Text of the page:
It will be understood that modifications and variations may be effected without departing from the scope of the novel concepts of the present invention, but it is understood that this application is to be limited only by the scope of the appended claims.
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|Feb 21, 1997||AS||Assignment|
Owner name: AMERICAN ORTHODONTICS CORPORATION, WISCONSIN
Free format text: ASSIGNMENT OF ASSIGNORS INTEREST;ASSIGNORS:TUNEBERG, LEE H.;GAGIN, WILLIAM P.;REEL/FRAME:008429/0898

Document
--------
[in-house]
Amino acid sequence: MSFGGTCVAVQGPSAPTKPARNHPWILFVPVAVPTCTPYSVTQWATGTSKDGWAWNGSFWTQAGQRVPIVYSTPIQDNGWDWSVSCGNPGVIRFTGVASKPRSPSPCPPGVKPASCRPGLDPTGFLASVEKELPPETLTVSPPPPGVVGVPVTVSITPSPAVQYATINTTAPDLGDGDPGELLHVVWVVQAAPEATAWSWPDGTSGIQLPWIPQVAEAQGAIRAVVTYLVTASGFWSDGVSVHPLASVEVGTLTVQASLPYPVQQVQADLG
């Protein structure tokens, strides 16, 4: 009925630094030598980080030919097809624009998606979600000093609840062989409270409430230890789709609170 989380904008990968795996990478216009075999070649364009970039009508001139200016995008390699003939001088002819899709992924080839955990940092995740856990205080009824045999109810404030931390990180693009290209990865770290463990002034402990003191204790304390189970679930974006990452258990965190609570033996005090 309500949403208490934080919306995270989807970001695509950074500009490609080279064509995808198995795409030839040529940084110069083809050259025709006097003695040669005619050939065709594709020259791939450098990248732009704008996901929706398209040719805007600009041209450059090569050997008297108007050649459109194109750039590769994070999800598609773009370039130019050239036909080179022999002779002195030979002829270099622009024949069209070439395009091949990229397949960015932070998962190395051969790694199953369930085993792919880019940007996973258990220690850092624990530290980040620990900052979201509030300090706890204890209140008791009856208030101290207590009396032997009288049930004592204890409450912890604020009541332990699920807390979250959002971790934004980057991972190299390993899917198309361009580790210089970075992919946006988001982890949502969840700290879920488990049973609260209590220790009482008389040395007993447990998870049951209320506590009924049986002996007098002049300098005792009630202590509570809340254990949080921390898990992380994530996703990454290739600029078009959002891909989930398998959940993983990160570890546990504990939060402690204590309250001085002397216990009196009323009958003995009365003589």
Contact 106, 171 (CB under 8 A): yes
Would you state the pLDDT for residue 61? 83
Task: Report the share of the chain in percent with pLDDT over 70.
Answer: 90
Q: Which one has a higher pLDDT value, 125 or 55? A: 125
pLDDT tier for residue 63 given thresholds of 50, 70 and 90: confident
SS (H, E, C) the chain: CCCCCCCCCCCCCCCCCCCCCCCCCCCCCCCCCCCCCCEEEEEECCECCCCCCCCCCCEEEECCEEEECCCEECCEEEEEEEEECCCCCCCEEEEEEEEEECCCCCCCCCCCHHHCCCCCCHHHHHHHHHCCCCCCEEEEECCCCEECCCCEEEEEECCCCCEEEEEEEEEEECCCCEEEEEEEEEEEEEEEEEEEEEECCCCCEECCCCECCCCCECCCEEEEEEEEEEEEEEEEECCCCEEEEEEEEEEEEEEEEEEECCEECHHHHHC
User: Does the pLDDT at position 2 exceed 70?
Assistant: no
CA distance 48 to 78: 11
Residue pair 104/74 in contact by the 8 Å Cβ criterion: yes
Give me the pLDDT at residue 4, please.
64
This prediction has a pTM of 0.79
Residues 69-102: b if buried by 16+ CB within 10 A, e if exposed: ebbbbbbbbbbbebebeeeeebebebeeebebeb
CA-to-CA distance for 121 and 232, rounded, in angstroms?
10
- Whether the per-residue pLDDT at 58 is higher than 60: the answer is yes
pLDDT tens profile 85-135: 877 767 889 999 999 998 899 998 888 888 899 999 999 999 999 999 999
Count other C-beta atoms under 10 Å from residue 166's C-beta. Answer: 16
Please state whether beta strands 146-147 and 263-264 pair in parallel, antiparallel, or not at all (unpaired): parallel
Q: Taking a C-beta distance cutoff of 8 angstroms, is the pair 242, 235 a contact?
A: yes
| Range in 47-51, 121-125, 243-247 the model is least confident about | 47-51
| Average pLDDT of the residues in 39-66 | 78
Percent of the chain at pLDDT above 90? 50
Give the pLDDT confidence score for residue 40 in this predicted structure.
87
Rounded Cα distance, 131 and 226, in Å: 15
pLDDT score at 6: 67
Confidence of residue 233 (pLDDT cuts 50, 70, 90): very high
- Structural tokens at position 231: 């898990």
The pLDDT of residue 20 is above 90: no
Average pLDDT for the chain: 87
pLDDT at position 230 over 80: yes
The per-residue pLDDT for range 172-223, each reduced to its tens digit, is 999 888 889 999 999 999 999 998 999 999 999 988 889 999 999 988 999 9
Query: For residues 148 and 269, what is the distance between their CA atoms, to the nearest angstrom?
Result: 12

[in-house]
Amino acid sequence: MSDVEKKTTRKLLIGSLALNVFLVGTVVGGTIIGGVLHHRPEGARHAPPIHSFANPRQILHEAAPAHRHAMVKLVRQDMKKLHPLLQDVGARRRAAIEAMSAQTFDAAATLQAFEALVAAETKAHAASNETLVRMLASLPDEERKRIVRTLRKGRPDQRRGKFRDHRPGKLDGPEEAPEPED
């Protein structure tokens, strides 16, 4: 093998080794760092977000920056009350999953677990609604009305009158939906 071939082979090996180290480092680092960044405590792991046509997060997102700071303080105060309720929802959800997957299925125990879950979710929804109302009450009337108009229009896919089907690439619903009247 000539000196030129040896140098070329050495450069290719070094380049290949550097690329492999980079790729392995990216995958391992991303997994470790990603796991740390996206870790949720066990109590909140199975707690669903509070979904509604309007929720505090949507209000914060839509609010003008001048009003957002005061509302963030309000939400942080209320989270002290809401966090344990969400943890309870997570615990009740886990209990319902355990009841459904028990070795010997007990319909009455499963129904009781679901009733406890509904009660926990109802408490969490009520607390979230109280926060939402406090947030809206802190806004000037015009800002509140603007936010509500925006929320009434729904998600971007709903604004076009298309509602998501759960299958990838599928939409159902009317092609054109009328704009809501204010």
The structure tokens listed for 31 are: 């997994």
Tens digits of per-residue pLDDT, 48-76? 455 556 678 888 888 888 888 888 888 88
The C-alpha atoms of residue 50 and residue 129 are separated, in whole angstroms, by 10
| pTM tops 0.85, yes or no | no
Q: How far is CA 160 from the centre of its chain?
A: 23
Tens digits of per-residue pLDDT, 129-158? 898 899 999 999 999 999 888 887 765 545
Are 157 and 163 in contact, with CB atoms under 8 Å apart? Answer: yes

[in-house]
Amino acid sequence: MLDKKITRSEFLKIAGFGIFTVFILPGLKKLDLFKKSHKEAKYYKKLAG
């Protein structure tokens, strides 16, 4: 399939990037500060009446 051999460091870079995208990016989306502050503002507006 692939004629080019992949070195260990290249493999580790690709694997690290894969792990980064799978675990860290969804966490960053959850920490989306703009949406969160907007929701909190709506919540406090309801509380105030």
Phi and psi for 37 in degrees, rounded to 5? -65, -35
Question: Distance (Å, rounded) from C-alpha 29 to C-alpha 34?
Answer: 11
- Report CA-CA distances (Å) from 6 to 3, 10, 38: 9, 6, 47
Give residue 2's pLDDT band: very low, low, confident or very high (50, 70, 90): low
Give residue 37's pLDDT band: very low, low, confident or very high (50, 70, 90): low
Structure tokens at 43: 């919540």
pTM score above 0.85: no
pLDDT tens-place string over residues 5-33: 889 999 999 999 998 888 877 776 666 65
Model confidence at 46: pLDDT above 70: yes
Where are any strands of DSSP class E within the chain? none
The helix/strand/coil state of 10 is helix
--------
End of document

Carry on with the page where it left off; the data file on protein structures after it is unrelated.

Effective date: 19970217
|Aug 1, 2001||FPAY||Fee payment|
Year of fee payment: 4
|Sep 25, 2001||REMI||Maintenance fee reminder mailed|
|Mar 26, 2002||SULP||Surcharge for late payment|
|Apr 30, 2002||PRDP||Patent reinstated due to the acceptance of a late maintenance fee|
Effective date: 20020325
|Aug 12, 2005||FPAY||Fee payment|
Year of fee payment: 8
|Jun 18, 2009||FPAY||Fee payment|
Year of fee payment: 12